Modi has taken up a huge step toward ending India’s silo-based approach to security, which used to cause a delay in decision making on key issues related to national security. India is going to release its first national security strategy, too. This past April, the Indian government set up a defense planning committee to prepare the draft of national security strategy and to facilitate the comprehensive planning for defense forces. In a short span of four and a half years, Modi has earned enormous appreciation worldwide for his economic reforms and foreign policy approach. With a combination of an iron-fist strategy toward internal/external security challenges, policy reforms and a development-focused approach, Modi is solving some of the decades-old problems of insurgency and left-wing extremism in the country’s key border states.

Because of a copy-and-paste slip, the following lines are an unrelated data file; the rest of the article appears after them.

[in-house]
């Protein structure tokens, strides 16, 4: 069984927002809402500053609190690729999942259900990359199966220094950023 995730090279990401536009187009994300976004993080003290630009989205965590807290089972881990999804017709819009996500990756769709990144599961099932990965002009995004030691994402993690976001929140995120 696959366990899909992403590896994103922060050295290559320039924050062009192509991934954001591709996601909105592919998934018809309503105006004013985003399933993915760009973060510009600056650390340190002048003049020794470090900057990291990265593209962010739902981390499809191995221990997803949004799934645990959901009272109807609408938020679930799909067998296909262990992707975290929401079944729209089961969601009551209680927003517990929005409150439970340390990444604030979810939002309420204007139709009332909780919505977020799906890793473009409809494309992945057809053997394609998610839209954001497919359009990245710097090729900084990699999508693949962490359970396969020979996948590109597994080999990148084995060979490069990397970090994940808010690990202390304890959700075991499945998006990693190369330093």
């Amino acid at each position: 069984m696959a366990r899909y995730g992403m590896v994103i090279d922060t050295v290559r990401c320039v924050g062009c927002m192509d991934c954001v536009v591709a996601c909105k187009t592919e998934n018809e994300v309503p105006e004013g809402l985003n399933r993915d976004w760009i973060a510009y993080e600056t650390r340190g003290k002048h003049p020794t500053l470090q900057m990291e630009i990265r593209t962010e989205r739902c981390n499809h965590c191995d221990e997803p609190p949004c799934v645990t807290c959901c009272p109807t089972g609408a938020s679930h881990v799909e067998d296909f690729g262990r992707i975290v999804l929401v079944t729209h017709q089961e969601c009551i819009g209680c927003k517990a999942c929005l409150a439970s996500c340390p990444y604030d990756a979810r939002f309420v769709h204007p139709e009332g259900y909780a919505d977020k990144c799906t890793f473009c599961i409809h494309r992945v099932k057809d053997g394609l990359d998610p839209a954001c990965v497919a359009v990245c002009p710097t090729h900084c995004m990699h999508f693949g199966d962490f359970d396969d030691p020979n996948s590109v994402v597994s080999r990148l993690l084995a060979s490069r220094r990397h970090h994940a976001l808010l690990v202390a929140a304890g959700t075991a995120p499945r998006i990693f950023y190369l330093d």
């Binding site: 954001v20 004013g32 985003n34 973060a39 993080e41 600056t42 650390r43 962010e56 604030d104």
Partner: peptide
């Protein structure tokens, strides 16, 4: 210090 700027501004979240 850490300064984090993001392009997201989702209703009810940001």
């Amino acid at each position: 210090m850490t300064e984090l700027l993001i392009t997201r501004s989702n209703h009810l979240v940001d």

A fragmented approach often led toward an extremist system. India and Israel both needed a holistic approach to their security interests. A careful observation of both countries’ transformation journey reveals that their leaders have a holistic vision related to the security of their land.  Before 2014, a comparison between Indian and Israeli leadership’s approach to security seemed like a joke, but since 2014, things have changed a lot! Modi is from a party whose founding fathers have an entirely different approach to national security from Nehru’s Congress (the longest ruling party of India). Jawaharlal Nehru (the first prime minister of India) was of the opinion that armed forces were not required for India.